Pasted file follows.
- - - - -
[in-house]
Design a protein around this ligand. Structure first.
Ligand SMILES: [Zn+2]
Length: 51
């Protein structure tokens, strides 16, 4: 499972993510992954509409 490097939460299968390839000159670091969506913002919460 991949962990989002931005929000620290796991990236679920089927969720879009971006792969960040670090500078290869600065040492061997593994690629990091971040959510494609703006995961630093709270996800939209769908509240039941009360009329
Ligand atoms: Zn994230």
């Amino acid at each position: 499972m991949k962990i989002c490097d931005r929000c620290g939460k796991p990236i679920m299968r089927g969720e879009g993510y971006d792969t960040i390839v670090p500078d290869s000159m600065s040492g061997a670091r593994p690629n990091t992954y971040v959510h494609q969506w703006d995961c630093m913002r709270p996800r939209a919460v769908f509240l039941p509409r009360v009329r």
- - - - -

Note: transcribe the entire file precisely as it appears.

[in-house]
Design a protein around this ligand. Structure first.
Ligand SMILES: [Zn+2]
Length: 51
């Protein structure tokens, strides 16, 4: 499972993510992954509409 490097939460299968390839000159670091969506913002919460 991949962990989002931005929000620290796991990236679920089927969720879009971006792969960040670090500078290869600065040492061997593994690629990091971040959510494609703006995961630093709270996800939209769908509240039941009360009329
Ligand atoms: Zn994230």
């Amino acid at each position: 499972m991949k962990i989002c490097d931005r929000c620290g939460k796991p990236i679920m299968r089927g969720e879009g993510y971006d792969t960040i390839v670090p500078d290869s000159m600065s040492g061997a670091r593994p690629n990091t992954y971040v959510h494609q969506w703006d995961c630093m913002r709270p996800r939209a919460v769908f509240l039941p509409r009360v009329r």